The novelty of the Althea system is how it incentivizes a diverse group of partners within the network and automates their collaboration. Local organizers work together with home and business owners to host infrastructure that relays bandwidth throughout the community. This unique collaboration can give rise to a variety of different setups and economic models. In this post, I’m going to explore two frequently used economic models, and I encourage creativity in how these can be best applied to your community and unique situation.
An Althea network could be administrated by a small business as the organizer. Althea organizers help support the network with installation and customer support and can collect a monthly “subscriber fee” for each end user. This role fits well within the the structure of a small business who may have a manager and even a few employees as it scales up. A business makes it easier to take in revenue, maintain insurance, and manage expenses and taxes.
One of the more challenging aspects of starting the network is finding backhaul (the fiber connection to the internet) and setting up a gateway node. For this reason, especially during the bootstrapping phase, this business may also elect to own and operate one of these gateway nodes. This gateway node collects fees for bandwidth on a per GB basis, often around 15–30 cents per GB. Because usage varies, the ability of the business owner to utilize both the bandwidth fees and the monthly subscriber fee can be very helpful.
Our best usage data comes from our network in Clatskanie that demonstrates an average of 180GB of usage per month, per household. This data closely aligns with the national average of 201GB in 2017, but is below what a recent OpenVault report indicates is an average of 268GB in 2018. If the gateway sets a price of $0.20 per GB they could expect monthly revenue of $36/per user/month. The business could then add to this revenue with a $10 monthly fee for an average revenue (given Clatskanie’s average) of $46/month.
The major operating cost of the gateway is the backhaul itself, which is often between $1000-$2000 for a 1Gb dedicated internet transit connection. This dedicated connection allows for re-sale and isn’t oversold to many different customers. The backhaul costs can vary a great deal based on the remoteness of your location and other political factors, but we will work with a cost of $1500/Gb for our analysis here.
With just 100 users, the business can expect a gross revenue of $4600, and a net of of $3100, an average of $31/user. In many ISP businesses this initial build out to 100 subscribers can take about a year, however, with our Altheahoods program, you can easily front load the user acquisition into the planning stages, and build out with 100 subscribers initially.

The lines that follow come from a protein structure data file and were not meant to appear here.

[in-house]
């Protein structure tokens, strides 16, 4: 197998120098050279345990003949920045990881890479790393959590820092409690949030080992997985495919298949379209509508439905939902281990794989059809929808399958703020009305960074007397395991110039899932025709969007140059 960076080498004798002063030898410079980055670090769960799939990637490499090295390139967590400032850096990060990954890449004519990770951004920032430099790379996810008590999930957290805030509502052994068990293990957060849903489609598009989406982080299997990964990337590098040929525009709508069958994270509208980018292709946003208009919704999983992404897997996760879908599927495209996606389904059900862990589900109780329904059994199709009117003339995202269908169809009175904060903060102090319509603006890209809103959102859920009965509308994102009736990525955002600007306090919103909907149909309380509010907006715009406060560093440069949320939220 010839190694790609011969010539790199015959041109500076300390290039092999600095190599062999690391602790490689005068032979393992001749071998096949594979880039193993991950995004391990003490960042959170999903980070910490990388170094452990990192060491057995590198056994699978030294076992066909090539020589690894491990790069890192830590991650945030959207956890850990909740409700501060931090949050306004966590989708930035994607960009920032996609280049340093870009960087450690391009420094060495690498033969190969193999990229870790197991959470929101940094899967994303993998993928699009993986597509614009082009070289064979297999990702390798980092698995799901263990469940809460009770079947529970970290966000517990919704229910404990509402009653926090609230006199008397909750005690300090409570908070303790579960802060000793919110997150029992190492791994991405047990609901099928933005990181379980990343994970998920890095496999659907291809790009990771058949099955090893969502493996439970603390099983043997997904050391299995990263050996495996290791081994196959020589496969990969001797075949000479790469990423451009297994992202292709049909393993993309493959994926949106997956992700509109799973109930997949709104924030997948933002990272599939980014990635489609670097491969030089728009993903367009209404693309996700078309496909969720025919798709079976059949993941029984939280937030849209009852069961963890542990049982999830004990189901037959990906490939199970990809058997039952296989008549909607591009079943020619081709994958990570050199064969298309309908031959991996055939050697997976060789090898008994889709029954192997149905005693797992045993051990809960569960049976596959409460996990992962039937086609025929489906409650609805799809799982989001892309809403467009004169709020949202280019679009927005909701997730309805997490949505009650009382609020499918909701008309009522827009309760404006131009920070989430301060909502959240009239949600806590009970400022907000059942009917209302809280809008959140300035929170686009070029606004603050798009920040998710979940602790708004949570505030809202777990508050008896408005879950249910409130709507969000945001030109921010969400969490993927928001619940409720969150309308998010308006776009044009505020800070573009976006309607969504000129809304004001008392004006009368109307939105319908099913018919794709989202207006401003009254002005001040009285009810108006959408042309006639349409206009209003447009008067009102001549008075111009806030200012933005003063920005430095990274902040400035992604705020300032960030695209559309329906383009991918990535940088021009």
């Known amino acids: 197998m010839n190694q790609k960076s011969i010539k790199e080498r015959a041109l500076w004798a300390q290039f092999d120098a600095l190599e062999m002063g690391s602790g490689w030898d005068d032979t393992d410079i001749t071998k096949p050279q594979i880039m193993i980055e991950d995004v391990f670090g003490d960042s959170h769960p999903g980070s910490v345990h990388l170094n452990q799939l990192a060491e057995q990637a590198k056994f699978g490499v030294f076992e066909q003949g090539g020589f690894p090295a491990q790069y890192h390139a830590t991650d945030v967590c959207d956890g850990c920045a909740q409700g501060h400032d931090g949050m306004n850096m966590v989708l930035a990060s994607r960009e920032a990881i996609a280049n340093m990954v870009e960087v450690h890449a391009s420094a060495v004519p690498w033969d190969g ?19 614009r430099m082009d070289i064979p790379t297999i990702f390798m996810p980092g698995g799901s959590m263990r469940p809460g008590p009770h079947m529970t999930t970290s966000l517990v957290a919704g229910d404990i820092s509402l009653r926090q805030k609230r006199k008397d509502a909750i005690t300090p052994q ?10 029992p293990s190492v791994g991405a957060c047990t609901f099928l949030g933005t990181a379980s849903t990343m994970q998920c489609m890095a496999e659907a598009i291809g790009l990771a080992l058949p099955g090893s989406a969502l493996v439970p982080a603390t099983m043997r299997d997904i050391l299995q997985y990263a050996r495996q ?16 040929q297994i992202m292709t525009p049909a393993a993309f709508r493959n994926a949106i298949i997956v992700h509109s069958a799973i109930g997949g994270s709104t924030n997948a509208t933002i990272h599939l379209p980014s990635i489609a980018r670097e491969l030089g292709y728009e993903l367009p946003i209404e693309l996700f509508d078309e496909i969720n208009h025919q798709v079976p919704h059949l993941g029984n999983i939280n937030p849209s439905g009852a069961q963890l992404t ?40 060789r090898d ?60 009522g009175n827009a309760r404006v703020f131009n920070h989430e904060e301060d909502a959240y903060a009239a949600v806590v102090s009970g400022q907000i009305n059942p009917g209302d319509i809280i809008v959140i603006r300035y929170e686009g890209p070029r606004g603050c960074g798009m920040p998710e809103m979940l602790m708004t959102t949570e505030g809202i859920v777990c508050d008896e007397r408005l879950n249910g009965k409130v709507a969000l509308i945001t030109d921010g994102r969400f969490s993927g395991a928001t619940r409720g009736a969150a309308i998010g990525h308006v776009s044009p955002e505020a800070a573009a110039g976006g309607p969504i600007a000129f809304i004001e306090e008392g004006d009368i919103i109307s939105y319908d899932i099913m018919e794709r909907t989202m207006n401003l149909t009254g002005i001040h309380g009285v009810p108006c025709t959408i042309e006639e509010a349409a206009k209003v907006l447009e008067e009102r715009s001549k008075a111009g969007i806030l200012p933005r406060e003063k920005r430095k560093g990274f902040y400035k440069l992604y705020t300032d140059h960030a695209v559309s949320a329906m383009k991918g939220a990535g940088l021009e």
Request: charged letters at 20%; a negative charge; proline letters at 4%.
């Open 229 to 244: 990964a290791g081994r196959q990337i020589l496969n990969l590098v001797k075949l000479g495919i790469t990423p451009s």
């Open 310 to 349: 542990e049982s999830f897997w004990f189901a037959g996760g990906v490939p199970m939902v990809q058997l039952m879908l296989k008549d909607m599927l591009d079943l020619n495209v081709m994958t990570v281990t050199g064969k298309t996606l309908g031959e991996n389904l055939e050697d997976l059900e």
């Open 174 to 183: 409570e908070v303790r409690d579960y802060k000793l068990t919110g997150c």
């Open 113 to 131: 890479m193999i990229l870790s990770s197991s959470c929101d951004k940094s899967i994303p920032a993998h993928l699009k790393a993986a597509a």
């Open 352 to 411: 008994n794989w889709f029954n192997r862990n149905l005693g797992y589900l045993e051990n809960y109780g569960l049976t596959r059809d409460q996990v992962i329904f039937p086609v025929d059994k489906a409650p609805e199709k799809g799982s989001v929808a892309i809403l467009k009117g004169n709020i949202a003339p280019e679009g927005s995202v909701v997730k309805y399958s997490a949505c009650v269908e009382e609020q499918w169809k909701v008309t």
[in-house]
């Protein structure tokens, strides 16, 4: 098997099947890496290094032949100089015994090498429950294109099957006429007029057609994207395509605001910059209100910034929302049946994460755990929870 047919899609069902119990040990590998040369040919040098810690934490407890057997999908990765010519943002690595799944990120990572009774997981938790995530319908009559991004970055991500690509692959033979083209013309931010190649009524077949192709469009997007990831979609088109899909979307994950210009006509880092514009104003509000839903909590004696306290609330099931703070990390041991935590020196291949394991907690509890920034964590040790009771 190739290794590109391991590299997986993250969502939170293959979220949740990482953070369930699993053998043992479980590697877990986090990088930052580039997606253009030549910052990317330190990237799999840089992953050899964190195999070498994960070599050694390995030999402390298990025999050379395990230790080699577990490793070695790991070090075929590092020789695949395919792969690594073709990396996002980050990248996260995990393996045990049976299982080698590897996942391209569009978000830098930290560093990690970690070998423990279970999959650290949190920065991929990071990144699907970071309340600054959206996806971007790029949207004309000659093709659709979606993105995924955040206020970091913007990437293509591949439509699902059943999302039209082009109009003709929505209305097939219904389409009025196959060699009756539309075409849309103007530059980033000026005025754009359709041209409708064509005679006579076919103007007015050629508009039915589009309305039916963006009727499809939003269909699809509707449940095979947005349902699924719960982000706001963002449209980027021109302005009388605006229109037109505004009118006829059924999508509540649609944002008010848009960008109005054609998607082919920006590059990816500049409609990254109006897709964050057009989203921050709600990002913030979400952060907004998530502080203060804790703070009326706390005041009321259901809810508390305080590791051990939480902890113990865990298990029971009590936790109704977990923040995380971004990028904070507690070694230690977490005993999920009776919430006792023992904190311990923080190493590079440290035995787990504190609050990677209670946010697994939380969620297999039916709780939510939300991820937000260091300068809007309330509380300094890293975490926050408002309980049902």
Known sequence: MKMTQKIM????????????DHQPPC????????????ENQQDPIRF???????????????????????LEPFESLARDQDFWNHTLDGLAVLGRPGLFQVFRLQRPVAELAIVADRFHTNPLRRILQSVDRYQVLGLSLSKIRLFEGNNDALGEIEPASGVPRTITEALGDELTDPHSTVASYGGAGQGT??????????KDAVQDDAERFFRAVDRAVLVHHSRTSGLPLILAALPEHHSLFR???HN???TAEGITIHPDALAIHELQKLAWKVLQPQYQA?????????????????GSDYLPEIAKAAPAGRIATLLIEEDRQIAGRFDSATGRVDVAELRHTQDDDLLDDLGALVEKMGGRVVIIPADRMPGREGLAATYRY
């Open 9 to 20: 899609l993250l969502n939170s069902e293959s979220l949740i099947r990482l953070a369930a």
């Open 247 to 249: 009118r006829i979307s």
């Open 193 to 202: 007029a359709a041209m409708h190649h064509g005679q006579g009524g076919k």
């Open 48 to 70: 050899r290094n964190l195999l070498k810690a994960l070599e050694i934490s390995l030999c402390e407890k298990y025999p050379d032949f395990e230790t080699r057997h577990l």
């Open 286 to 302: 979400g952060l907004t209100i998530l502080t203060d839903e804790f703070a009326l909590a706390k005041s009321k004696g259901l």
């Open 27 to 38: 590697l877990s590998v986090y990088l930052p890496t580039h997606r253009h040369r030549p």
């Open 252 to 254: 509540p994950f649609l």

For this build out, both the gateway node and the subscribers will need equipment. The average cost for the CPE (customer premises equipment) is between $150-$200, and this includes a router, the antenna, and cable at the subscriber’s home or business. Organizers can choose to use a model where subscribers buy their own equipment, organizers pay for the equipment of the subscribers outright, or organizers pay for the equipment up front but increase the monthly subscriber fee for a short time to cover. For this example, we’ll look at the most costly use case for the business — organizer paying for all equipment up front.
Below is a bill of materials for a 100 person network with one gateway and three relays. With the total cost of the build out, including all gateway and relay nodes and all subscriber CPEs, being $19,881 and a net of $3100 a month, ROI can be expected in just under 7 months.
Of course, we are overlooking labor for installers and other costs, like insurance. These costs can be managed by increasing the length of time to ROI, charging an installation fee, or the organizers can install themselves. Once the initial build out has been completed, typical growth for wireless ISPs can be 15–30 subscribers per month, adding additional revenue. The 1Gb backhaul gateway could support between 200–400 subscribers, depending on expected throughput, until it either needs to be upgraded or more gateways built. Althea supports a sustainable implementation and scalable business model, with a short term return on investment.
Cooperative or NonProfit
The cooperative or non profit model is very similar to the business case, with slight differences to how costs can be shared. In the rural Oregon Clatskanie network, the organizers formed a member owned cooperative, where subscribers are members and the network is governed by an elected board. The cooperative both organizes the network and operates the main gateway.
The cost for the CPE equipment, gateway, and relays is the same as the above business case. Backhaul costs $1400/month for 500Mbps, which can support about 100 subscribers with speeds of around 50Mbps.
The Clatskanie build for it’s thirty-five users was primarily subsidized by Althea as testing grounds for our new software. This funding could be similarly achieved through a broadband grant or crowdfunded. A shared approach might look like relays that are self funded and the gateway and CPE’s equipment being a shared cost. At thirty-five users and a total cost of $7106, that would be $203 per person and easily within the scope of a crowd funded project for an under served area or one with little choice for internet access.
At 100 users, the network will be grossing approximately $4600/month and a net of $3200 which will be able to support a part-time manager/installer and the other expenses of the network. Growth can be easily scaled as more bandwidth and subscribers are added. This creates an inclusive organization able to sustainably support broadband expansion in a variety of environments, including low density or underserved low income areas.
Source: Crypto New Media